Sunpreme concerns the interplay between Commerce and Customs on issues arising from the scope of antidumping and countervailing duty proceedings. The dispute arose when Sunpreme filed suit at the CIT to challenge a ruling by Commerce that certain goods fall within the scope of antidumping and countervailing duty orders on certain solar products from China. Sunpreme also challenged Commerce’s decision to issue instructions to Customs suspending the liquidation of entries of merchandise covered by the ruling that entered the United States prior to the initiation of the scope inquiry.[5]

Judge Kelly of the CIT upheld Commerce’s scope ruling, but struck Commerce’s instructions to Customs. She ruled that Customs had exceeded its authority when it decided on its own that the merchandise fell within the scope of the relevant orders, such that under Commerce’s regulations the suspension of liquidation could not occur until the date that Commerce initiated the scope inquiry. Sunpreme and Commerce appealed, and a split Federal Circuit panel upheld the CIT.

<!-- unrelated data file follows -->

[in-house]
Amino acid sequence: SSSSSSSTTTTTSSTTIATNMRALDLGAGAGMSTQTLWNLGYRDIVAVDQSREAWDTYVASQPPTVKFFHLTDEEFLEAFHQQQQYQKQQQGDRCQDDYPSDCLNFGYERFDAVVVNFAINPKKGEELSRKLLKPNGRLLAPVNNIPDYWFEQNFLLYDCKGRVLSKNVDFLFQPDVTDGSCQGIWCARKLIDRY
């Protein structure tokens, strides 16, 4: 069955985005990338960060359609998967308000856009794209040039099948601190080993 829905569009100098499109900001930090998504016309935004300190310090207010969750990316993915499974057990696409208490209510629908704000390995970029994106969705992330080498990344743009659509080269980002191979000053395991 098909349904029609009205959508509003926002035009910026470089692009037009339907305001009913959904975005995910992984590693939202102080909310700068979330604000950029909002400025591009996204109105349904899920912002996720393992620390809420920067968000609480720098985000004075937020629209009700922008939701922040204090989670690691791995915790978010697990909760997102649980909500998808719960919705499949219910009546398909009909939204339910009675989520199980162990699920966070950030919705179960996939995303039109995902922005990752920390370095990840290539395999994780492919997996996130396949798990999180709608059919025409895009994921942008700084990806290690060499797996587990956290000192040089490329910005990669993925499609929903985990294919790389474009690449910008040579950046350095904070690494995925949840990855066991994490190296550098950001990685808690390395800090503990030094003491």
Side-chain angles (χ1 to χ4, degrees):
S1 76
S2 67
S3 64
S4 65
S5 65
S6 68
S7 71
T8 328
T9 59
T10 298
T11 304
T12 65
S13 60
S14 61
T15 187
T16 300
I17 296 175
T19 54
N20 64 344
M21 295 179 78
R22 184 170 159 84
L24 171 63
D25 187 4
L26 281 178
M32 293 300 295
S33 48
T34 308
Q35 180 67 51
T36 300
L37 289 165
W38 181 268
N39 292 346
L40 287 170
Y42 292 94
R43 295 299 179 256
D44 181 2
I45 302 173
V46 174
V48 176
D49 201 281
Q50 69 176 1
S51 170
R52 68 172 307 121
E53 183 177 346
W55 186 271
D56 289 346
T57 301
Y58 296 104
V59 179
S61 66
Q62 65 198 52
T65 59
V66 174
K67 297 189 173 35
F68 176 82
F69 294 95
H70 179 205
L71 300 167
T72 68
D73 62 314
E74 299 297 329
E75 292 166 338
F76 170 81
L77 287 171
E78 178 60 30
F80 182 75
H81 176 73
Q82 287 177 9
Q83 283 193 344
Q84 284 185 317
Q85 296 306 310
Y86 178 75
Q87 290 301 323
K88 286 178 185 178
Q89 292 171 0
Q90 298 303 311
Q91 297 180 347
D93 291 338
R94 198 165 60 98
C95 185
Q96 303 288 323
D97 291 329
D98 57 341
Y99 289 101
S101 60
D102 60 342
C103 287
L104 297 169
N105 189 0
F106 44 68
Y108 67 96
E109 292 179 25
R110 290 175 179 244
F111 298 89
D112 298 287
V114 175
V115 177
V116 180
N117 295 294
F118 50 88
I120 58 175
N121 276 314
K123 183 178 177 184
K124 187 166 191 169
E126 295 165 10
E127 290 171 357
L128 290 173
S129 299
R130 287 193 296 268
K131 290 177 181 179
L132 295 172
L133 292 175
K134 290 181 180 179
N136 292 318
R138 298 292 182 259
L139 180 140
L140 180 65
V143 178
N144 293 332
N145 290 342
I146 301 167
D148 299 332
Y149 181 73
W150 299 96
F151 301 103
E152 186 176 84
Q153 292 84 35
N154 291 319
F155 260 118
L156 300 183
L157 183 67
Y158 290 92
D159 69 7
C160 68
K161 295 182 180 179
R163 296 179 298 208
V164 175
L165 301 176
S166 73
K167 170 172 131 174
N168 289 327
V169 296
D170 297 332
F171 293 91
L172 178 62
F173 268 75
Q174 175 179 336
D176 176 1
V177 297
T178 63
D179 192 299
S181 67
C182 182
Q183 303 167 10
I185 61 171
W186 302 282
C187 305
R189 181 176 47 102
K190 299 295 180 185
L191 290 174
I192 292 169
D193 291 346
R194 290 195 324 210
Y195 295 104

Commerce subsequently sought rehearing en banc. Sunpreme opposed. Amici provided views. Without additional briefing or a hearing, the Federal Circuit en banc granted Commerce’s request and issued its en banc opinion.

The Decision

Chief Judge Prost, who had dissented from the panel decision, authored the unanimous en banc opinion. As a member of the original panel, Senior Judge Clevenger could have participated when the dispute moved en banc, but he declined to do so. Judge Lourie had joined Judge Clevenger to form the panel majority, but he reversed course en banc. Judge Wallach, who President Obama elevated to the Federal Circuit from the CIT in 2011, did not participate in the en banc rehearing for undisclosed reasons.

Chief Judge Prost’s en banc opinion consists of two parts. The first portion concerns whether substantial evidence supports Commerce’s scope ruling that the goods in question fall within the scope of the relevant antidumping and countervailing duty orders on certain solar products from China. Sunpreme, Slip Op. at 13–24. The en banc court did not disturb the panel’s conclusion that substantial evidence supports Commerce’s ruling and, thus, repeats this portion of the panel’s opinion verbatim. Id.